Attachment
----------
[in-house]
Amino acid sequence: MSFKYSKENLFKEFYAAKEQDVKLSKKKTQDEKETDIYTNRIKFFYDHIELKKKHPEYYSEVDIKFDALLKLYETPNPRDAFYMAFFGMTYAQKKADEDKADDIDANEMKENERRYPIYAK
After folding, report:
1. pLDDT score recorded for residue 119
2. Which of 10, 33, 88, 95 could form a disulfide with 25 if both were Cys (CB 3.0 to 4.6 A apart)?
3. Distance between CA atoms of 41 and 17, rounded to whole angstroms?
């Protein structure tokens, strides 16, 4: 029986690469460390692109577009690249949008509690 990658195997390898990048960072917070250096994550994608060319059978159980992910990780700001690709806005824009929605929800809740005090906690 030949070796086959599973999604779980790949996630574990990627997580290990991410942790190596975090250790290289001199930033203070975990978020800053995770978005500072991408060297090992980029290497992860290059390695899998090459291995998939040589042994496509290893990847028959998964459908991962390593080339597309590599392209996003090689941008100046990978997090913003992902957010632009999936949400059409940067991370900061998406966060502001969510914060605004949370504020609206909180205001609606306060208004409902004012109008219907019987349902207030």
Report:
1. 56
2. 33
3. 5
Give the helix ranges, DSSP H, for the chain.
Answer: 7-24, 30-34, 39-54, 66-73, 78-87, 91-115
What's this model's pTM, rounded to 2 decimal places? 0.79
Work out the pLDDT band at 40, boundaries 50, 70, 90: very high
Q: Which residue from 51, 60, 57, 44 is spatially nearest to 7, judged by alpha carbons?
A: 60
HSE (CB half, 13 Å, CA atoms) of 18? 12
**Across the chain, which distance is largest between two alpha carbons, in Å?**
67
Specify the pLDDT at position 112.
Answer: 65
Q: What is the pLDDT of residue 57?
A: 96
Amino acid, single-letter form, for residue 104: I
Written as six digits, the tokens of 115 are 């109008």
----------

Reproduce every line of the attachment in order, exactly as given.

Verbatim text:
[in-house]
Amino acid sequence: MSFKYSKENLFKEFYAAKEQDVKLSKKKTQDEKETDIYTNRIKFFYDHIELKKKHPEYYSEVDIKFDALLKLYETPNPRDAFYMAFFGMTYAQKKADEDKADDIDANEMKENERRYPIYAK
After folding, report:
1. pLDDT score recorded for residue 119
2. Which of 10, 33, 88, 95 could form a disulfide with 25 if both were Cys (CB 3.0 to 4.6 A apart)?
3. Distance between CA atoms of 41 and 17, rounded to whole angstroms?
């Protein structure tokens, strides 16, 4: 029986690469460390692109577009690249949008509690 990658195997390898990048960072917070250096994550994608060319059978159980992910990780700001690709806005824009929605929800809740005090906690 030949070796086959599973999604779980790949996630574990990627997580290990991410942790190596975090250790290289001199930033203070975990978020800053995770978005500072991408060297090992980029290497992860290059390695899998090459291995998939040589042994496509290893990847028959998964459908991962390593080339597309590599392209996003090689941008100046990978997090913003992902957010632009999936949400059409940067991370900061998406966060502001969510914060605004949370504020609206909180205001609606306060208004409902004012109008219907019987349902207030």
Report:
1. 56
2. 33
3. 5
Give the helix ranges, DSSP H, for the chain.
Answer: 7-24, 30-34, 39-54, 66-73, 78-87, 91-115
What's this model's pTM, rounded to 2 decimal places? 0.79
Work out the pLDDT band at 40, boundaries 50, 70, 90: very high
Q: Which residue from 51, 60, 57, 44 is spatially nearest to 7, judged by alpha carbons?
A: 60
HSE (CB half, 13 Å, CA atoms) of 18? 12
**Across the chain, which distance is largest between two alpha carbons, in Å?**
67
Specify the pLDDT at position 112.
Answer: 65
Q: What is the pLDDT of residue 57?
A: 96
Amino acid, single-letter form, for residue 104: I
Written as six digits, the tokens of 115 are 């109008």